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How closed-end funds use leverage to enhance returns
Investors seeking higher yields often diversify their holdings beyond the traditional bond market, looking for alternative ways to generate the high, steady income flow they want and need. And the more they look for income, the more often they may encounter the word “leverage” — especially in the context of certain closed-end funds (CEFs).
For some investors, the word leverage is a red flag, signaling an investment they believe is too complicated to understand. But it shouldn’t be. Leverage is simply borrowing, and it’s a familiar part of everyday life. If people didn’t use leverage, most wouldn’t be able to buy a house or a car, or finance their education with student loans.
Most closed-end funds are designed with a goal of providing attractive, income (in the form of regular monthly or quarterly distributions), and their portfolio managers have a number of tools at their disposal to assist them in accomplishing that goal. Leverage is simply one of those tools; many but not all closed-end funds use it.
To create leverage, a CEF raises capital by borrowing at short-term rates, then uses the proceeds to make additional investments for its portfolio. The fund may also leverage itself by issuing senior securities (preferred shares of the fund) that pay variable or fixed dividends at short-term rates. Holding certain investments within the portfolio — portfolio leverage — is another leverage strategy. The primary costs associated with leverage are ongoing dividend and interest expenses, but there may also be expenses for issuing or administering leverage. A fund’s leverage strategy is successful when, after considering the associated costs, shareholders obtain higher distributions or total return than they would have without leverage.
Leverage works best when the yield curve is steep — in other words, when short-term rates are lower than long-term rates. The fund can borrow at lower short-term rates and buy longer-term securities that offer higher returns.
If the fund is doing well, leverage will typically deliver higher returns and income than the same strategy without leverage. However, this mechanism works in both directions. If the fund’s underlying return is negative, leverage will deepen the losses compared to the same strategy that doesn't use leverage. As a result, you can expect higher highs and lower lows from a leveraged fund, both in terms of income or return and share price volatility.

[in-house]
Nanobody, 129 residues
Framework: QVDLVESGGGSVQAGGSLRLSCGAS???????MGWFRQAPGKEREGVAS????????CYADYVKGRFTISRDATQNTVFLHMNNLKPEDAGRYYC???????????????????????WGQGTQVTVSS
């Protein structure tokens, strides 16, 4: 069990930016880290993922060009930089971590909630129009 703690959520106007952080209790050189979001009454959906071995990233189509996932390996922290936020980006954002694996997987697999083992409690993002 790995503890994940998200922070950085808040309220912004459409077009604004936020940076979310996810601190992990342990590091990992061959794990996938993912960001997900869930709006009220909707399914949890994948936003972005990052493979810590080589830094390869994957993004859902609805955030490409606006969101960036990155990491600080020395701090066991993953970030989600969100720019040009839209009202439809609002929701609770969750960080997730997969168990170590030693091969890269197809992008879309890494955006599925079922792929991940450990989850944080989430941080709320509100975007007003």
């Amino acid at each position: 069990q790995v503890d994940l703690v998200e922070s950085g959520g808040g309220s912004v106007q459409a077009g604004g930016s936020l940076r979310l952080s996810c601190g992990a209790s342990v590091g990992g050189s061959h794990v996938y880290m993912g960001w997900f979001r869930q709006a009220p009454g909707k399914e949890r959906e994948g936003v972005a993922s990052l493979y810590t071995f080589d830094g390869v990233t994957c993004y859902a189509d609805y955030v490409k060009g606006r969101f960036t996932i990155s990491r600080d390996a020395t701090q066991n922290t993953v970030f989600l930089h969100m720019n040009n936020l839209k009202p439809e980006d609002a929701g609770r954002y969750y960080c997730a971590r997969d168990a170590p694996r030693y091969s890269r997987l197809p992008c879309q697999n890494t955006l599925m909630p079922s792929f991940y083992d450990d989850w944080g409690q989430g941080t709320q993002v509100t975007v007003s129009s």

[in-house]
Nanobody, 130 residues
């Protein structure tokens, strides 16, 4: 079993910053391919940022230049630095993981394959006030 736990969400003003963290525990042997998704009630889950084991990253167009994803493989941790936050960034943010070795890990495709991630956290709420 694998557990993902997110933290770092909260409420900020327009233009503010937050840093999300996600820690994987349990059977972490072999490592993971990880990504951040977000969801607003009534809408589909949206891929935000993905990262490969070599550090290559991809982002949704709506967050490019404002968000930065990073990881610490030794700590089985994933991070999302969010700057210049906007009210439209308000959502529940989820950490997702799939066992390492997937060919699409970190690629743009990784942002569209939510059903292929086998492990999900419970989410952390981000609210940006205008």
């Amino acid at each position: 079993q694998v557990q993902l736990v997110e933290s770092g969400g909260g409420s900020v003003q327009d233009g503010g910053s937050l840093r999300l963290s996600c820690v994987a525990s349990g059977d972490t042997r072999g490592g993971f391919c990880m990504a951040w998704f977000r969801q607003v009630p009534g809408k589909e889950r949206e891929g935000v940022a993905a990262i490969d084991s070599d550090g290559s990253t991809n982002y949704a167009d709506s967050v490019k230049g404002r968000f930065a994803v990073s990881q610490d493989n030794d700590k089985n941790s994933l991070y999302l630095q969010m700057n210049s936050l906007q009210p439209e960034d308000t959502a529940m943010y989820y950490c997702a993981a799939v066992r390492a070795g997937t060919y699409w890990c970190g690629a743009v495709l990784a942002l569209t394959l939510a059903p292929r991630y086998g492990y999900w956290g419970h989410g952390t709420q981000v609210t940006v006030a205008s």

Time, however, is also important — over longer periods, leverage has historically delivered incremental income that more than compensated for the associated cost and added volatility. This makes leveraged closed-end funds worth a closer look, especially for yield-seeking investors looking to complement and diversify an existing portfolio. To learn more about the features and mechanics of leveraged closed-end funds, see Understanding leverage in closed-end funds.
Risks and disclosures
It is important to consider the objectives, risks, charges and expenses of any fund before investing. Investing in closed-end funds involves risk; principal loss is possible. There is no guarantee a fund’s investment objective will be achieved. Closed-end fund shares may frequently trade at a discount or premium to their net asset value (NAV).
Closed-end fund historical distribution sources include net investment income, realized gains, and return of capital. Leverage increases return volatility and magnifies a fund’s potential return whether that return is positive or negative. There is no guarantee a fund’s leveraging strategy will be successful. All investments carry a certain degree of risk and there is no assurance that an investment will provide positive performance over any period of time.
Nuveen Securities, LLC., member FINRA and SIPC.